Effects of Medially Wedged Foot Orthoses on Knee and Hip Joint Running Mechanics in Females With and Without Patellofemoral Pain Syndrome

in Journal of Applied Biomechanics
View More View Less
  • 1 University of Wisconsin–La Crosse
  • 2 East Carolina University
  • 3 University of Dayton
Restricted access

Purchase article

USD  $24.95

Student 1 year online subscription

USD  $88.00

1 year online subscription

USD  $118.00

Student 2 year online subscription

USD  $168.00

2 year online subscription

USD  $224.00

We examined the effects of medially wedged foot orthoses on knee and hip joint mechanics during running in females with and without patellofemoral pain syndrome (PFPS). We also tested if these effects depend on standing calcaneal eversion angle. Twenty female runners with and without PFPS participated. Knee and hip joint transverse and frontal plane peak angle, excursion, and peak internal knee and hip abduction moment were calculated while running with and without a 6° full-length medially wedged foot orthoses. Separate 3-factor mixed ANOVAs (group [PFPS, control] x condition [medial wedge, no medial wedge] x standing calcaneal angle [everted, neutral, inverted]) were used to test the effect of medially wedged orthoses on each dependent variable. Knee abduction moment increased 3% (P = .03) and hip adduction excursion decreased 0.6° (P < .01) using medially wedged foot orthoses. No significant group x condition or calcaneal angle x condition effects were observed. The addition of medially wedged foot orthoses to standardized running shoes had minimal effect on knee and hip joint mechanics during running thought to be associated with the etiology or exacerbation of PFPS symptoms. These effects did not appear to depend on injury status or standing calcaneal posture.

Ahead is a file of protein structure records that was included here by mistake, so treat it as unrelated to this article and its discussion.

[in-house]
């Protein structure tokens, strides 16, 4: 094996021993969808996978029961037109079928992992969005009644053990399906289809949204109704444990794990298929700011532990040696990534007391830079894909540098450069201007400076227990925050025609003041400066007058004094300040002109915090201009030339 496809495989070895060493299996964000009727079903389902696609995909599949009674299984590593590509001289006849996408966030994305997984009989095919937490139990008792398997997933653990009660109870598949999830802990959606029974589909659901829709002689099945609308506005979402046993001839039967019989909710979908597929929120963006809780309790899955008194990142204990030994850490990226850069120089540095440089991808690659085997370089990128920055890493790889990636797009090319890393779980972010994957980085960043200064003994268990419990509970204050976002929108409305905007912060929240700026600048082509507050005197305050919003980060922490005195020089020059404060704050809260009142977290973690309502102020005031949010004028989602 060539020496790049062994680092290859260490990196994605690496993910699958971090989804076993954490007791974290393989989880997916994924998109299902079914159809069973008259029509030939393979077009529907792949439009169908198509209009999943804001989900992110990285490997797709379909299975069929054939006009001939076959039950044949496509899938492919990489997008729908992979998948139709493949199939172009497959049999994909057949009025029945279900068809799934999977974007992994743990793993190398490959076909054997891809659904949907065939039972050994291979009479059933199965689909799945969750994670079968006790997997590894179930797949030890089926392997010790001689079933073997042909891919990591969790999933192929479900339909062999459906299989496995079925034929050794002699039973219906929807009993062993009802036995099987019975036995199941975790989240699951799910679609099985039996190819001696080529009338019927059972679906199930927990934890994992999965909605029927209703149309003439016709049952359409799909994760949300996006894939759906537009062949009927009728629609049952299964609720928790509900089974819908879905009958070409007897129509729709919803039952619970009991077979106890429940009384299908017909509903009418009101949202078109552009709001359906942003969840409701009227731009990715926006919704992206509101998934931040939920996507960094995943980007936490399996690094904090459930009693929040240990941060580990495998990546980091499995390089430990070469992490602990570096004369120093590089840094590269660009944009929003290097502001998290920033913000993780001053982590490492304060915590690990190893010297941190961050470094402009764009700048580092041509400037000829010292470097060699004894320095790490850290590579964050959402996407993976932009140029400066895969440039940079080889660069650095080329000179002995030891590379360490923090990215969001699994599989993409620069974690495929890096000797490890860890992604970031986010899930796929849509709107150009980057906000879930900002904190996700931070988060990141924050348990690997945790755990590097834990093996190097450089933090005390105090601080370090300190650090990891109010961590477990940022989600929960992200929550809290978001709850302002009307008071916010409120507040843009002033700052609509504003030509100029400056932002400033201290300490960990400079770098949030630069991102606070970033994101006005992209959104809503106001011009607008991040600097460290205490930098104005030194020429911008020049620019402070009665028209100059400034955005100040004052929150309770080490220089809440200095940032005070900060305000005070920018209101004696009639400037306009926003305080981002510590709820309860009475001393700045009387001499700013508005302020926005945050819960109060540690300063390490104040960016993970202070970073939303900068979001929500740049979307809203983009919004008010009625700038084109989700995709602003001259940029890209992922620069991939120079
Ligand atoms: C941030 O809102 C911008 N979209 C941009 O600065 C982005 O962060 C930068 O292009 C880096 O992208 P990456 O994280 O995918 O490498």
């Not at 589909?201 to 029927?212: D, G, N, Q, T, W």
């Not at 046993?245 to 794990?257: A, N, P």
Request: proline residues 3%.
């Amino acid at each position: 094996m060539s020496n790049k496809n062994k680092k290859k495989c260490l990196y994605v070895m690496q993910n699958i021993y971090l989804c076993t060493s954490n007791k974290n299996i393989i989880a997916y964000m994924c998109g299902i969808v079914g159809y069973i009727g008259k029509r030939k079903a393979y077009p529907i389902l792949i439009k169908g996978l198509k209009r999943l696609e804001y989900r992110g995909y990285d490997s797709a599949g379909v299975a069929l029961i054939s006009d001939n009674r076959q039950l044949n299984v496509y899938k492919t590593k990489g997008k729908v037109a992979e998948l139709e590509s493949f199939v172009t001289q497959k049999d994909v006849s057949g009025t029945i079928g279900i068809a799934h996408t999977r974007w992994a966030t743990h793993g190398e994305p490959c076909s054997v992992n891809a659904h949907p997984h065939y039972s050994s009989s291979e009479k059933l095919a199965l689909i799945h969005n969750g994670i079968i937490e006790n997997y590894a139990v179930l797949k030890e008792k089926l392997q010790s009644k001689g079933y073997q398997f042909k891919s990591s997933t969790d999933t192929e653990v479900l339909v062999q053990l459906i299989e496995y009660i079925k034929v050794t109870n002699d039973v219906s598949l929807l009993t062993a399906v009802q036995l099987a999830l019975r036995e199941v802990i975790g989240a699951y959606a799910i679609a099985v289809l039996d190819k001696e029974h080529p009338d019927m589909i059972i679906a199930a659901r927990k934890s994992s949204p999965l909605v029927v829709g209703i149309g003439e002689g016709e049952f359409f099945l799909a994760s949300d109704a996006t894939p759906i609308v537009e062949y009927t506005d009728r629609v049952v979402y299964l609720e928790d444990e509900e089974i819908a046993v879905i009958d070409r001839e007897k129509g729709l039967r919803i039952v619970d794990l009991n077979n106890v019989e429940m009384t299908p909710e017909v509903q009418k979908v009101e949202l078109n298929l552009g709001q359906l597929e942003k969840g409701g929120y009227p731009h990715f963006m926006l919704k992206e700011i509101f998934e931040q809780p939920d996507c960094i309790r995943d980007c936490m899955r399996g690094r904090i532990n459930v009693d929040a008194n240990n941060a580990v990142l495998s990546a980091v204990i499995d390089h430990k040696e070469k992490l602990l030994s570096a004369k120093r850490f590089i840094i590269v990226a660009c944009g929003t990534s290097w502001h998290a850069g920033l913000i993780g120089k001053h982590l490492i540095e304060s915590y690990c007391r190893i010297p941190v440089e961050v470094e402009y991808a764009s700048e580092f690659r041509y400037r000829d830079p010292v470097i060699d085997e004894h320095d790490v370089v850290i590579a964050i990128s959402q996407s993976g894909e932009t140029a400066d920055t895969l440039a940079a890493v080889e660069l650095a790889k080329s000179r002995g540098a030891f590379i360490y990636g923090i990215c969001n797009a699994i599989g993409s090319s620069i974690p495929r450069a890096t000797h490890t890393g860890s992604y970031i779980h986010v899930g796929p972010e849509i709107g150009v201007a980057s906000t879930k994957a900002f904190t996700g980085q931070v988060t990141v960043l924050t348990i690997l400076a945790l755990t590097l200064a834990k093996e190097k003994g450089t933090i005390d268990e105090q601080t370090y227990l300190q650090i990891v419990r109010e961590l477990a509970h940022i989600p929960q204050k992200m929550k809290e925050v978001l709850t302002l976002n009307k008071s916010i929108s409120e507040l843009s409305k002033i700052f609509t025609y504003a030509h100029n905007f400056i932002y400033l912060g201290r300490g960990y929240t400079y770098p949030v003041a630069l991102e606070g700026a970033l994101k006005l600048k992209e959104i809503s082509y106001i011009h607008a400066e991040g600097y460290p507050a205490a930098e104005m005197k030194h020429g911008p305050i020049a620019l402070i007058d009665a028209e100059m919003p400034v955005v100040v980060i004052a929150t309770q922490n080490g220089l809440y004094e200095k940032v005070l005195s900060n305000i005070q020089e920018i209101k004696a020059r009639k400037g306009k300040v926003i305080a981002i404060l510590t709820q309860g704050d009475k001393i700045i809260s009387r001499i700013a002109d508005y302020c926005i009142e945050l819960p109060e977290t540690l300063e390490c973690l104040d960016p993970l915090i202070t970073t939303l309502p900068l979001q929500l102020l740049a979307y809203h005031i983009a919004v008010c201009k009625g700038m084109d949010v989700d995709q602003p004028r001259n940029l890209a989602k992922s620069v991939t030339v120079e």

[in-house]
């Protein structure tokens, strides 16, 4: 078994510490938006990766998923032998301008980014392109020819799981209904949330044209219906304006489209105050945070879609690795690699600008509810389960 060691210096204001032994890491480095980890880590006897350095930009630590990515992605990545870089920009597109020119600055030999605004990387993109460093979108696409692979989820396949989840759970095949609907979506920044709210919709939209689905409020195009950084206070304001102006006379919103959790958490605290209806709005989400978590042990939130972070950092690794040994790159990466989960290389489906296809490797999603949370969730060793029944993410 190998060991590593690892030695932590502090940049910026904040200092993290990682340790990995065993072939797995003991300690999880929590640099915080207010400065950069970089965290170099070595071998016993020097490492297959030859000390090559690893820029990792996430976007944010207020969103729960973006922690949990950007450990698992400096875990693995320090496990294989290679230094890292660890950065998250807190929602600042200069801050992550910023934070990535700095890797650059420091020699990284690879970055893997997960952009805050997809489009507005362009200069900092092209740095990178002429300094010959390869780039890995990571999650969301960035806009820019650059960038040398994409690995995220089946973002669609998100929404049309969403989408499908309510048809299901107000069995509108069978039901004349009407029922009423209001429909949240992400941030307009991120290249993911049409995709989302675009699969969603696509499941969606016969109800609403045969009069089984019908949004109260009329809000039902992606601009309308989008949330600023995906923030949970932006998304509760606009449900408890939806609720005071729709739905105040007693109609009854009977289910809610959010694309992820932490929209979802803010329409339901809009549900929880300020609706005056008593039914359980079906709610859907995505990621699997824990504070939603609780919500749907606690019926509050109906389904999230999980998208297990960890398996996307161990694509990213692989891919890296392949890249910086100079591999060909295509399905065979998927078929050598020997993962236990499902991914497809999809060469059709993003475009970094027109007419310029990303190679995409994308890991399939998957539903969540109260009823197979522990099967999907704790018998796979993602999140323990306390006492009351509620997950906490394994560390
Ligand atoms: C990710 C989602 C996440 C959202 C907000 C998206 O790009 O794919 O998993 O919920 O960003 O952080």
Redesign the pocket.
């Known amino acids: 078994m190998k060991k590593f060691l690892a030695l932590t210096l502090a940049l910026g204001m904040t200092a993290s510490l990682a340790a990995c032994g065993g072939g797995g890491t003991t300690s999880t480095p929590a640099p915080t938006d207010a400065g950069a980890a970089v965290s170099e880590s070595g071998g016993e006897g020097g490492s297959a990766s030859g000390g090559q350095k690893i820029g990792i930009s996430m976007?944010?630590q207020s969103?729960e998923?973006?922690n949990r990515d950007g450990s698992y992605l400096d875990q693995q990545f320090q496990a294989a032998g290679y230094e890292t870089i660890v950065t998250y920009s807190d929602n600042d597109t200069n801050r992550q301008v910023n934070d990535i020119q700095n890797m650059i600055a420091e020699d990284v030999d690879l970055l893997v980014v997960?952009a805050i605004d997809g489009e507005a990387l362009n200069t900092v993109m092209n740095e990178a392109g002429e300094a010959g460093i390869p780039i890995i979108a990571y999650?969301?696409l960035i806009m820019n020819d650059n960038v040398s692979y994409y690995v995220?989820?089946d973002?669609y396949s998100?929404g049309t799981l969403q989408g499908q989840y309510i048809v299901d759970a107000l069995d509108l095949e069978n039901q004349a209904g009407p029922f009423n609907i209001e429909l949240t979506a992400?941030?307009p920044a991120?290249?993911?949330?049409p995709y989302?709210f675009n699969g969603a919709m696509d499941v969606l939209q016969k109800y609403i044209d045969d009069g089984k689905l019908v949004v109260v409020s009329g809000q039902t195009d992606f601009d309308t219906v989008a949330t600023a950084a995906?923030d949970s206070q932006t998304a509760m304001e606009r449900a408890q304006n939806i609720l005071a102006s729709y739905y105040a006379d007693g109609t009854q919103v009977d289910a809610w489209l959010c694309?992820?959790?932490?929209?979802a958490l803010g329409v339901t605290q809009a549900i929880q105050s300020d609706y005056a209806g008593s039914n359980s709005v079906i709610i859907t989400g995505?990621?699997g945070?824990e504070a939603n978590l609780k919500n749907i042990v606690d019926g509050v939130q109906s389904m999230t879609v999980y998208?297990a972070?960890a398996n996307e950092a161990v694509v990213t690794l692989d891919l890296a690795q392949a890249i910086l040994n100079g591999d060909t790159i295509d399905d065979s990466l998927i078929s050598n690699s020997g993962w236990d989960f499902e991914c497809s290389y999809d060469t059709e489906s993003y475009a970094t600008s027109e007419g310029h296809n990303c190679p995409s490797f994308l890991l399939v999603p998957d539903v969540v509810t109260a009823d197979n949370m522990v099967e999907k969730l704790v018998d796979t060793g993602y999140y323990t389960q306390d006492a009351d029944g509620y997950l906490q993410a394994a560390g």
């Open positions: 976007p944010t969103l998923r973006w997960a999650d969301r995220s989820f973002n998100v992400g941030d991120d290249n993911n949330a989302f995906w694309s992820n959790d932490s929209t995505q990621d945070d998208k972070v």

Andrew R. Boldt and Thomas W. Kernozek are with the La Crosse Institute for Movement Science, Department of Health Professions, Physical Therapy Program, University of Wisconsin–La Crosse, La Crosse, WI. John D. Willson (Corresponding Author) is with the Department of Physical Therapy, East Carolina University, Greenville, NC. Joaquin A. Barrios is with the Department of Health and Sports Science, University of Dayton, Dayton, OH.